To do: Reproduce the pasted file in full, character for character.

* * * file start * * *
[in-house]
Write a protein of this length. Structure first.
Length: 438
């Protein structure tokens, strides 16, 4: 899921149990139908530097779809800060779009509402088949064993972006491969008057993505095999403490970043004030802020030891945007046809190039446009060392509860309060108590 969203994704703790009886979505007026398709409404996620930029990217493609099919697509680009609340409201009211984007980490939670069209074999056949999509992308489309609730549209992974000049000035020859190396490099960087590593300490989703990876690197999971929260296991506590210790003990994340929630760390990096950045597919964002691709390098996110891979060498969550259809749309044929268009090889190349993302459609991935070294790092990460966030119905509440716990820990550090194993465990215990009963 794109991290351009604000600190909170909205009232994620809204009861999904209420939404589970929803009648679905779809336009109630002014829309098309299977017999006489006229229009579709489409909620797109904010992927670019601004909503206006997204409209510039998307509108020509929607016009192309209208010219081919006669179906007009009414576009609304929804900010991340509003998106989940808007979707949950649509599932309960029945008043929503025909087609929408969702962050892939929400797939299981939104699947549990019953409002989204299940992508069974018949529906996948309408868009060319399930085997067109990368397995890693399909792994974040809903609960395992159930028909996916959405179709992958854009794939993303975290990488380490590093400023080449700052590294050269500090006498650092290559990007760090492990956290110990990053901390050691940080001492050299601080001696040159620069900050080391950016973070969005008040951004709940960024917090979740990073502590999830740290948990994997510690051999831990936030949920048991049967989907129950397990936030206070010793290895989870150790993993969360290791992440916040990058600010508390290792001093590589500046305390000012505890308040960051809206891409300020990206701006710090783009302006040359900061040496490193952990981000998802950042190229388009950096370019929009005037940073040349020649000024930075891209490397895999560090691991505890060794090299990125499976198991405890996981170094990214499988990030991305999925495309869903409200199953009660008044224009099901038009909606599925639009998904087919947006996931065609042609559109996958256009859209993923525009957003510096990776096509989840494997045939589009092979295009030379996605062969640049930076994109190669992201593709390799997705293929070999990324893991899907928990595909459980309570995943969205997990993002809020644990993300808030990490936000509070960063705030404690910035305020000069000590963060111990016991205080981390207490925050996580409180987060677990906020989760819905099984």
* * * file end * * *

[in-house]
Write a protein of this length. Structure first.
Length: 438
């Protein structure tokens, strides 16, 4: 899921149990139908530097779809800060779009509402088949064993972006491969008057993505095999403490970043004030802020030891945007046809190039446009060392509860309060108590 969203994704703790009886979505007026398709409404996620930029990217493609099919697509680009609340409201009211984007980490939670069209074999056949999509992308489309609730549209992974000049000035020859190396490099960087590593300490989703990876690197999971929260296991506590210790003990994340929630760390990096950045597919964002691709390098996110891979060498969550259809749309044929268009090889190349993302459609991935070294790092990460966030119905509440716990820990550090194993465990215990009963 794109991290351009604000600190909170909205009232994620809204009861999904209420939404589970929803009648679905779809336009109630002014829309098309299977017999006489006229229009579709489409909620797109904010992927670019601004909503206006997204409209510039998307509108020509929607016009192309209208010219081919006669179906007009009414576009609304929804900010991340509003998106989940808007979707949950649509599932309960029945008043929503025909087609929408969702962050892939929400797939299981939104699947549990019953409002989204299940992508069974018949529906996948309408868009060319399930085997067109990368397995890693399909792994974040809903609960395992159930028909996916959405179709992958854009794939993303975290990488380490590093400023080449700052590294050269500090006498650092290559990007760090492990956290110990990053901390050691940080001492050299601080001696040159620069900050080391950016973070969005008040951004709940960024917090979740990073502590999830740290948990994997510690051999831990936030949920048991049967989907129950397990936030206070010793290895989870150790993993969360290791992440916040990058600010508390290792001093590589500046305390000012505890308040960051809206891409300020990206701006710090783009302006040359900061040496490193952990981000998802950042190229388009950096370019929009005037940073040349020649000024930075891209490397895999560090691991505890060794090299990125499976198991405890996981170094990214499988990030991305999925495309869903409200199953009660008044224009099901038009909606599925639009998904087919947006996931065609042609559109996958256009859209993923525009957003510096990776096509989840494997045939589009092979295009030379996605062969640049930076994109190669992201593709390799997705293929070999990324893991899907928990595909459980309570995943969205997990993002809020644990993300808030990490936000509070960063705030404690910035305020000069000590963060111990016991205080981390207490925050996580409180987060677990906020989760819905099984």